You are using an outdated browser. Please upgrade your browser to improve your experience.

12 ways to sneak more vegetables into your diet

12 ways to sneak more vegetables into your diet

We know our garden veggies are good for us: they’re packed full of important nutrients and they’re also very low in kilojoules, meaning we can fill-up without filling out.

But getting the recommended 5 serves of vegetables every day can be a challenge. Here’s 12 fun ways to sneak more vegetables into your diet.

1. Start the day with veggies

Veggies aren’t just for lunch and dinner, they also deserve a spot at our breakfast table. Why not start your day with a nutrient-packed omelette? Things like mushrooms, baby spinach, tomato and onion taste fantastic with eggs. Plus the egg protein will keep you feeling fuller for longer, reducing the likelihood of succumbing to sugary snacks before lunchtime.

2. Spread your vegetables

The fat in butter and mayonnaise adds unnecessary kilojoules to your lunchtime sandwich. Make your spreads work harder: use veggie spreads instead. Try making a beetroot spread by blending a can of beetroot with a little low-fat natural yoghurt, or make a spinach spread by blending low-fat cream cheese with spinach and a little spring onion. You’ll cut the amount of fat in your sandwiches and boost the amount of vitamins and minerals. You could also switch butter or margarine for avocado.

3. Make a homemade pizza

Pizza doesn’t always have to be sinful. A homemade pizza topped with lots of vegetables makes for a very healthy dinner. Try using chopped mushrooms, capsicum, tomatoes, red onion, olives, spinach, pumpkin, rocket and a little ricotta for a healthy dinner option. Also try switching your thick pizza base for pita bread or Mountain Bread.

4. Grate vegetables into your mince

Add to your daily veggie quota by bulking up your mince with grated vegetables. It only takes a moment to grate a carrot and a zucchini and stir these into your mince meat before you start forming burger patties and meatballs. In doing so, you’ll reduce the amount of fat, increase the amount of fibre, and add extra nutrition to your diet. This trick also works really well if you’ve got fussy little ones to feed.

5. Keep vegetables in cans

Keeping your pantry well stocked with canned vegetables means you can easily add veggies to your meals even if you haven’t had the chance to stock up on fresh produce. Juicy corn kernels and whole baby beets make a great addition to salads, and cans of chopped red tomatoes are always handy to have when putting together a pasta or stew.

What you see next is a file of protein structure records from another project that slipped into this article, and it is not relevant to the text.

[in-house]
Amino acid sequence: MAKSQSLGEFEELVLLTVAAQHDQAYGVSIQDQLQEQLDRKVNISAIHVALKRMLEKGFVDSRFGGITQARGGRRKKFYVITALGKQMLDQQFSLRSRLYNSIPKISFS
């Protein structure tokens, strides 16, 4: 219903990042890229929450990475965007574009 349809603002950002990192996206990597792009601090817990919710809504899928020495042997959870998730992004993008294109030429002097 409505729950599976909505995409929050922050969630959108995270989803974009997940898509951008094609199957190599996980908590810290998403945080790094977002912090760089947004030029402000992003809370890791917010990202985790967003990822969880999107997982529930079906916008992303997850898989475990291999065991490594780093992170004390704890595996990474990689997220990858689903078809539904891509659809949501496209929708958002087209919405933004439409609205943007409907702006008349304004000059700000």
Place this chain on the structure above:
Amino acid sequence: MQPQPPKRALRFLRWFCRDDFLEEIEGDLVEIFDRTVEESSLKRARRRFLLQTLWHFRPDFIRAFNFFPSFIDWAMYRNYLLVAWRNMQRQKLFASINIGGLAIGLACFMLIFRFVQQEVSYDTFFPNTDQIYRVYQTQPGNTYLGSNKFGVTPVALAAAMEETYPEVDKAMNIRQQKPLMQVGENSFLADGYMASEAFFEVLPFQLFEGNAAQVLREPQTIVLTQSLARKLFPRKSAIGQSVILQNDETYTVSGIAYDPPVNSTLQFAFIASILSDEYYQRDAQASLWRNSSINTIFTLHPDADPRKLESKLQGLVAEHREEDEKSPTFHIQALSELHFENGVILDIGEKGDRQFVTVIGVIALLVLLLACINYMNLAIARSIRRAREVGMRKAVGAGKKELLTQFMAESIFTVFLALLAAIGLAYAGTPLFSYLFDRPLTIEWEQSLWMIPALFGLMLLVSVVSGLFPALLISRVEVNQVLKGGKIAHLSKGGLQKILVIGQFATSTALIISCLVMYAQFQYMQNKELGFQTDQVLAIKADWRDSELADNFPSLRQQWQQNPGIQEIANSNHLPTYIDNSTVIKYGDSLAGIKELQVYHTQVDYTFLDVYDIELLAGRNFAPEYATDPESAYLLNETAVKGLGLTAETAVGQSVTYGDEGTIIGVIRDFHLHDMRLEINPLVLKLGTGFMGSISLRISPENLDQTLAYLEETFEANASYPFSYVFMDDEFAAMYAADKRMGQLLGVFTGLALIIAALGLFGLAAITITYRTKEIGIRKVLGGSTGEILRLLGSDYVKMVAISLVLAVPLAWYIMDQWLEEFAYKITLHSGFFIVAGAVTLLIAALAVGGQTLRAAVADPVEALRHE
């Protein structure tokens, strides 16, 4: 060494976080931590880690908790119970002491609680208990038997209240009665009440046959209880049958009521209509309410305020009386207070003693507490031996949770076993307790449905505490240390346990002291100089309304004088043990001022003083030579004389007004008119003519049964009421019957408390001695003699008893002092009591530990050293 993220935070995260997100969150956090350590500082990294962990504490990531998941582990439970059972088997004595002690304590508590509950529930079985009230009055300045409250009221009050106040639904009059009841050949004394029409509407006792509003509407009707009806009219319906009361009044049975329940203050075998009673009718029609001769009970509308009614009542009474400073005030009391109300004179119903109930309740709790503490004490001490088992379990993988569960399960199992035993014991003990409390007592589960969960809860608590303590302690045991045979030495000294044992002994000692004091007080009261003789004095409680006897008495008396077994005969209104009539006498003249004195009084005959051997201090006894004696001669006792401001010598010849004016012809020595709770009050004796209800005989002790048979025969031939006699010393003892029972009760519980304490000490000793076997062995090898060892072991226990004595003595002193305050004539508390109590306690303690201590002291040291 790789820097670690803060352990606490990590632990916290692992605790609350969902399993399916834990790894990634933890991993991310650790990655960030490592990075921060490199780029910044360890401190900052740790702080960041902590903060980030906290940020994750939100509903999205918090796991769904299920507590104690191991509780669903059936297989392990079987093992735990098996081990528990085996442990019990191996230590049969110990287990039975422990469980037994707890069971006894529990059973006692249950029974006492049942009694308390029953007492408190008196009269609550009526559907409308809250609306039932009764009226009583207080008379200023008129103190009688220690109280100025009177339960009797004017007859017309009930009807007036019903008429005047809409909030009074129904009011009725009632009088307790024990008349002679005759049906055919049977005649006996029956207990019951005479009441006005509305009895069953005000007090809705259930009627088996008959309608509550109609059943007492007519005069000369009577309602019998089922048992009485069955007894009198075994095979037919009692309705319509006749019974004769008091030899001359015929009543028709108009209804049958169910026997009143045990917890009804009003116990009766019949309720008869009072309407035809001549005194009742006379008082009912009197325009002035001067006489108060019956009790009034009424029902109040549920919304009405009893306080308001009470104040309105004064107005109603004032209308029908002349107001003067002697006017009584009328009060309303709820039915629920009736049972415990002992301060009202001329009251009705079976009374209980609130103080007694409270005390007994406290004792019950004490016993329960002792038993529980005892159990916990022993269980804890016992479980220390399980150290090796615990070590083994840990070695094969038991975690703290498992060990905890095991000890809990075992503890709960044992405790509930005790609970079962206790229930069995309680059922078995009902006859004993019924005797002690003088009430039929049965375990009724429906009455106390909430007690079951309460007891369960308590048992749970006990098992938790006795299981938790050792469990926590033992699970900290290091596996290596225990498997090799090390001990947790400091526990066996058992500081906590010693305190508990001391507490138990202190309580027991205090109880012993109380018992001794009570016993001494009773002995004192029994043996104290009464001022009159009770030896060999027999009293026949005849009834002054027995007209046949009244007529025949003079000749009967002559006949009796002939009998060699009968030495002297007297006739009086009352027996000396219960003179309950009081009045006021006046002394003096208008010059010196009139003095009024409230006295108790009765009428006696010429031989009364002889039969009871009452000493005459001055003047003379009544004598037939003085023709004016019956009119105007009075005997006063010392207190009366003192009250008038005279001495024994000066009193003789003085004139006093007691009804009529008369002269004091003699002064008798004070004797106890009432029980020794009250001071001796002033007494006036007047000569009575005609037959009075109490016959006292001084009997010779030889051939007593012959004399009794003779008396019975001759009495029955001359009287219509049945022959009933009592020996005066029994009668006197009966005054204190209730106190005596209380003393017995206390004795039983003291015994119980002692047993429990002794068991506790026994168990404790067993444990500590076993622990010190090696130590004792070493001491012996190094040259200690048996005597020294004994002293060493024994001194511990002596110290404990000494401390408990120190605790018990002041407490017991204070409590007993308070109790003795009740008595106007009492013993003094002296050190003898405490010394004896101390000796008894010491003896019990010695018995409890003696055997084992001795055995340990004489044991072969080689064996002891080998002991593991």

6. Eat more soup

Homemade soup makes for a convenient lunch or dinner, and it’s a really easy way to pack extra vegetables into your diet. And best of all? It’s dirt-cheap to make. Buy whatever vegetables are in season or on special and make a big batch of soup at the start of the week. Heat it up for a quick and easy meal when you’re short on time.

7. Drink your vegetables

Vegetables are generally lower in sugar than fruit, meaning substituting a few fruits with some veggies in your next smoothie or juice will cut out some of those extra kilojoules. Try making a green-power smoothie with kale or spinach for those times when you’re on-the-go.

8. Use frozen vegetables

Frozen vegetables can be just as nutritious as their fresh friends. The veggies you find in the freezer section of your supermarket are snap-frozen within 24 hours of being picked, keeping their flavour and nutrition locked in. If you’re cooking for one, it can be challenging to use a variety of vegetables in each meal. Try keeping a bag of frozen mixed vegetables in your freezer to add to stir-fries, stews and casseroles whenever you’re cooking for one.

9. Chop up vegetables to snack on

Is there a cheaper, more nutritious snack than carrot and celery sticks? Pick up some extra carrots and celery next time you’re at the supermarket and chop them up into bite sized pieces. Store them in the fridge for a quick and easy veggie snack when hunger strikes. Now there’s no excuse for eating the chocolate biscuits!

10. Cook extra vegetables

If you’re eating vegetables most nights, but don’t touch them during the day, one solution is to always make sure you have leftovers. Cook more vegetables than you can eat each night, toss them with some sesame seeds or a splash of balsamic vinegar or olive oil, and take them to work for a healthy veggie snack.

11. Grow your own vegetables

You’re more likely to eat the produce you grow yourself. And the good thing is, you don’t need a large garden bed to do it. Small veggies with big flavour can be grown in pots in a small courtyard or on the window sill. Plant a small chilli plant, some cherry tomatoes, spinach or herbs in pots close to your kitchen for easy access when you’re cooking!

12. Try a new vegetable

Bored of vegetables? Why not try something new. Visit your local greengrocer and pick up a vegetable you’ve never heard of before. Have some fun in the kitchen learning how to cook with it. You never know, it could just be your new favourite food!

Image courtesy of